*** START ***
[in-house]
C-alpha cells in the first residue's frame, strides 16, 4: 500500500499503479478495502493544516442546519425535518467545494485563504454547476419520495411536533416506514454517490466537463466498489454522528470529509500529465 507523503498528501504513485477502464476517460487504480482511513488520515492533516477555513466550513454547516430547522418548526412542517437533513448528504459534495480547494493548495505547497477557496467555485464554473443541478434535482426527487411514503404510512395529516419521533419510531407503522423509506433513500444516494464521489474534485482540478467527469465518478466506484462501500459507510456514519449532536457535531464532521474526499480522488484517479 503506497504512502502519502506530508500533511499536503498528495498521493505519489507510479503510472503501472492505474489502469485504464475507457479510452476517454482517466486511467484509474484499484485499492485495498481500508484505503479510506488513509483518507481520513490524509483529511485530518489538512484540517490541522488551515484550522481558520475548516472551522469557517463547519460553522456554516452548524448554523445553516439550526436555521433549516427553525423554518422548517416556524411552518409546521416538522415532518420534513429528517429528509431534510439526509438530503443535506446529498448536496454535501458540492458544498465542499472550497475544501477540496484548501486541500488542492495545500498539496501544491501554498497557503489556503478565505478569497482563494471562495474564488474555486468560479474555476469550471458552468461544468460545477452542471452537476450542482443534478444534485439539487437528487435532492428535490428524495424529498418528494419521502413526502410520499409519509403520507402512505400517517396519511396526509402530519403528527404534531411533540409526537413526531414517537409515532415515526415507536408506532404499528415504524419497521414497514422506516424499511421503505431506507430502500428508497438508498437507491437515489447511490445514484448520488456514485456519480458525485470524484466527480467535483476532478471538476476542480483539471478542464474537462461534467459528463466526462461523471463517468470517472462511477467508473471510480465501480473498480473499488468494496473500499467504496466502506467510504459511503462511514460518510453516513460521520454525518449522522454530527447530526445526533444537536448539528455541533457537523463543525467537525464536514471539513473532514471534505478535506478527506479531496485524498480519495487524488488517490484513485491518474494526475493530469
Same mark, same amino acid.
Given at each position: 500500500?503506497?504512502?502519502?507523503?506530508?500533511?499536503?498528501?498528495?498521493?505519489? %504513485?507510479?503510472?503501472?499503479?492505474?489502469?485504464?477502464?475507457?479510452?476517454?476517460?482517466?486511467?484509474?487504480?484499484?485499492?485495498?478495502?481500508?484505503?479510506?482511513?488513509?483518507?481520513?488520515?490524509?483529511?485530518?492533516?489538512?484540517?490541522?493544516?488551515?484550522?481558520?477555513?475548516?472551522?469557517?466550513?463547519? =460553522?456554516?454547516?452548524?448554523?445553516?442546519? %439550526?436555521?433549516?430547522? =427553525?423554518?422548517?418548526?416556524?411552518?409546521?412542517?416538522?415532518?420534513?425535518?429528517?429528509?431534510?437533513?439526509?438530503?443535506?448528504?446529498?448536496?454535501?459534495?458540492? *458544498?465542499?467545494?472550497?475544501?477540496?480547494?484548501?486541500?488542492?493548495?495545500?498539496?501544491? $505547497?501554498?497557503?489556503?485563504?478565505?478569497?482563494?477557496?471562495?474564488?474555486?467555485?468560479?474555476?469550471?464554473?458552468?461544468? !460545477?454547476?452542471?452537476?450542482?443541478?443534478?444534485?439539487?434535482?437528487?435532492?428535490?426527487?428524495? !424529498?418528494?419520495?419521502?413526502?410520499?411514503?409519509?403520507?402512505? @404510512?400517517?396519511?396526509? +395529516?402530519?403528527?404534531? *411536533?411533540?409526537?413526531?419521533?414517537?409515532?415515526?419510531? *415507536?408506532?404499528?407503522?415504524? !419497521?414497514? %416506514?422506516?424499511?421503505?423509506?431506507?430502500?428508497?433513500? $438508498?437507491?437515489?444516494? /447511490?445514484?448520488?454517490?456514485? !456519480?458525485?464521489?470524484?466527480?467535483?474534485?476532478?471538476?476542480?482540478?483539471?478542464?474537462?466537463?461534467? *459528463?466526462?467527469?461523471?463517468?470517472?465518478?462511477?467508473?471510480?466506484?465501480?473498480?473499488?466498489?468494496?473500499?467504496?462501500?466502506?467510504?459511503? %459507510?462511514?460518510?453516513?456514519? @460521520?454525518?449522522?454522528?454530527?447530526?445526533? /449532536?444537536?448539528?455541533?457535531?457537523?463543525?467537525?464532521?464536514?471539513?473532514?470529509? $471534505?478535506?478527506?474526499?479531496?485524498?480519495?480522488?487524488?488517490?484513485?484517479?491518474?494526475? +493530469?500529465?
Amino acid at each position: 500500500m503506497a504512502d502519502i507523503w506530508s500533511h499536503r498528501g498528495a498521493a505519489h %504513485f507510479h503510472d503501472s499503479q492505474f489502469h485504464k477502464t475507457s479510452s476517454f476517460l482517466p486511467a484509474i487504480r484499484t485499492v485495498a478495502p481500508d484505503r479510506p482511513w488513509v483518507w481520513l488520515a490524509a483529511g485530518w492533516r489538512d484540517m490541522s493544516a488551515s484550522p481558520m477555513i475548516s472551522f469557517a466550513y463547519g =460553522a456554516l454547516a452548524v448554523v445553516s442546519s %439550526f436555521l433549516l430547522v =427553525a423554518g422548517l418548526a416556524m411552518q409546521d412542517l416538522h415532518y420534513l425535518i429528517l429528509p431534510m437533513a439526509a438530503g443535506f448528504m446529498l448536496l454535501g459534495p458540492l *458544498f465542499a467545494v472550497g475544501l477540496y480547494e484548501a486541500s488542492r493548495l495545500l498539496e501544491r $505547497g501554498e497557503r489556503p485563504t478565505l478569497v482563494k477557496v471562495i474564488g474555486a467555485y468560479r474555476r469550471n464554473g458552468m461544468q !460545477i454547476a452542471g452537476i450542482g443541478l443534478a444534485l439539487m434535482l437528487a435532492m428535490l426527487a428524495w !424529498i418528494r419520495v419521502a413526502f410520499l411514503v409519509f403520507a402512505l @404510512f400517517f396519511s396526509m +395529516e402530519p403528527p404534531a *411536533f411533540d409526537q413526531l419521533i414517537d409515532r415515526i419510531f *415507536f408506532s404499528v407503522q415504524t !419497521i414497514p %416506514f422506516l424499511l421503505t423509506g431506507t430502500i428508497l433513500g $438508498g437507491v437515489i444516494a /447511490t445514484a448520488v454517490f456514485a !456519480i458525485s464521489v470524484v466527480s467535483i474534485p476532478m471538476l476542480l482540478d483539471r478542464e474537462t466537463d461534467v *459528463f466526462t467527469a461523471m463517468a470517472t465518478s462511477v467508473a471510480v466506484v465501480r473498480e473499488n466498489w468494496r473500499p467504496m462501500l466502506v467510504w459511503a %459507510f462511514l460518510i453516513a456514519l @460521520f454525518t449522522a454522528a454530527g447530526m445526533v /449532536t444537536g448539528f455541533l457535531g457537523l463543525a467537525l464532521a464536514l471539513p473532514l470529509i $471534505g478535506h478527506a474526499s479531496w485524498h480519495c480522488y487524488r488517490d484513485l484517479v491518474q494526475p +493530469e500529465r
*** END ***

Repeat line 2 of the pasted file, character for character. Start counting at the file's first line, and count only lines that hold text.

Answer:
C-alpha cells in the first residue's frame, strides 16, 4: 500500500499503479478495502493544516442546519425535518467545494485563504454547476419520495411536533416506514454517490466537463466498489454522528470529509500529465 507523503498528501504513485477502464476517460487504480482511513488520515492533516477555513466550513454547516430547522418548526412542517437533513448528504459534495480547494493548495505547497477557496467555485464554473443541478434535482426527487411514503404510512395529516419521533419510531407503522423509506433513500444516494464521489474534485482540478467527469465518478466506484462501500459507510456514519449532536457535531464532521474526499480522488484517479 503506497504512502502519502506530508500533511499536503498528495498521493505519489507510479503510472503501472492505474489502469485504464475507457479510452476517454482517466486511467484509474484499484485499492485495498481500508484505503479510506488513509483518507481520513490524509483529511485530518489538512484540517490541522488551515484550522481558520475548516472551522469557517463547519460553522456554516452548524448554523445553516439550526436555521433549516427553525423554518422548517416556524411552518409546521416538522415532518420534513429528517429528509431534510439526509438530503443535506446529498448536496454535501458540492458544498465542499472550497475544501477540496484548501486541500488542492495545500498539496501544491501554498497557503489556503478565505478569497482563494471562495474564488474555486468560479474555476469550471458552468461544468460545477452542471452537476450542482443534478444534485439539487437528487435532492428535490428524495424529498418528494419521502413526502410520499409519509403520507402512505400517517396519511396526509402530519403528527404534531411533540409526537413526531414517537409515532415515526415507536408506532404499528415504524419497521414497514422506516424499511421503505431506507430502500428508497438508498437507491437515489447511490445514484448520488456514485456519480458525485470524484466527480467535483476532478471538476476542480483539471478542464474537462461534467459528463466526462461523471463517468470517472462511477467508473471510480465501480473498480473499488468494496473500499467504496466502506467510504459511503462511514460518510453516513460521520454525518449522522454530527447530526445526533444537536448539528455541533457537523463543525467537525464536514471539513473532514471534505478535506478527506479531496485524498480519495487524488488517490484513485491518474494526475493530469